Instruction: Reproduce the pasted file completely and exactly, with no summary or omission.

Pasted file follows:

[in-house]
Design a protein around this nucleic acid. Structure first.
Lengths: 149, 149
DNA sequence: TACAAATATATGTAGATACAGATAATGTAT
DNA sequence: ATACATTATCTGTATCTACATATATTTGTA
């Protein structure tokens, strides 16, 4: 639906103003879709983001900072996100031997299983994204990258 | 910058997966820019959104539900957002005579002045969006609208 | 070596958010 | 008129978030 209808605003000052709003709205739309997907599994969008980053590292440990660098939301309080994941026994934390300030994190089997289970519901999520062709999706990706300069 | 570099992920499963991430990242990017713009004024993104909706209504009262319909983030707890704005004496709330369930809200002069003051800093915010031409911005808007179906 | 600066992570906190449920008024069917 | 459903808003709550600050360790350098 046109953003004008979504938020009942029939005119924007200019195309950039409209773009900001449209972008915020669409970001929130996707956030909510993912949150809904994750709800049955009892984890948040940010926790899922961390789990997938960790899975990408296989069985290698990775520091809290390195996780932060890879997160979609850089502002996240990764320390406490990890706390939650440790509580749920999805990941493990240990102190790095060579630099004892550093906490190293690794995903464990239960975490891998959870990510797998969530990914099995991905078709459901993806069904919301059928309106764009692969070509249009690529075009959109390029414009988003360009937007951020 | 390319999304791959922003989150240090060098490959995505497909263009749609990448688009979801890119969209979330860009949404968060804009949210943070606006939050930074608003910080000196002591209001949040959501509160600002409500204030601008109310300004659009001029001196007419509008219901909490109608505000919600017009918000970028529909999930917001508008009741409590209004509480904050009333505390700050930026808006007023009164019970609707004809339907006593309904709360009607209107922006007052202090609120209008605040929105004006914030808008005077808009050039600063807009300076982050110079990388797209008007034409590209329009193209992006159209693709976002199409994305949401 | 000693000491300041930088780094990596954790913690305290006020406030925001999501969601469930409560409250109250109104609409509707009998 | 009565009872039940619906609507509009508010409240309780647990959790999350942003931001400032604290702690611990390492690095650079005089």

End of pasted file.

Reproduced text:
[in-house]
Design a protein around this nucleic acid. Structure first.
Lengths: 149, 149
DNA sequence: TACAAATATATGTAGATACAGATAATGTAT
DNA sequence: ATACATTATCTGTATCTACATATATTTGTA
């Protein structure tokens, strides 16, 4: 639906103003879709983001900072996100031997299983994204990258 | 910058997966820019959104539900957002005579002045969006609208 | 070596958010 | 008129978030 209808605003000052709003709205739309997907599994969008980053590292440990660098939301309080994941026994934390300030994190089997289970519901999520062709999706990706300069 | 570099992920499963991430990242990017713009004024993104909706209504009262319909983030707890704005004496709330369930809200002069003051800093915010031409911005808007179906 | 600066992570906190449920008024069917 | 459903808003709550600050360790350098 046109953003004008979504938020009942029939005119924007200019195309950039409209773009900001449209972008915020669409970001929130996707956030909510993912949150809904994750709800049955009892984890948040940010926790899922961390789990997938960790899975990408296989069985290698990775520091809290390195996780932060890879997160979609850089502002996240990764320390406490990890706390939650440790509580749920999805990941493990240990102190790095060579630099004892550093906490190293690794995903464990239960975490891998959870990510797998969530990914099995991905078709459901993806069904919301059928309106764009692969070509249009690529075009959109390029414009988003360009937007951020 | 390319999304791959922003989150240090060098490959995505497909263009749609990448688009979801890119969209979330860009949404968060804009949210943070606006939050930074608003910080000196002591209001949040959501509160600002409500204030601008109310300004659009001029001196007419509008219901909490109608505000919600017009918000970028529909999930917001508008009741409590209004509480904050009333505390700050930026808006007023009164019970609707004809339907006593309904709360009607209107922006007052202090609120209008605040929105004006914030808008005077808009050039600063807009300076982050110079990388797209008007034409590209329009193209992006159209693709976002199409994305949401 | 000693000491300041930088780094990596954790913690305290006020406030925001999501969601469930409560409250109250109104609409509707009998 | 009565009872039940619906609507509009508010409240309780647990959790999350942003931001400032604290702690611990390492690095650079005089």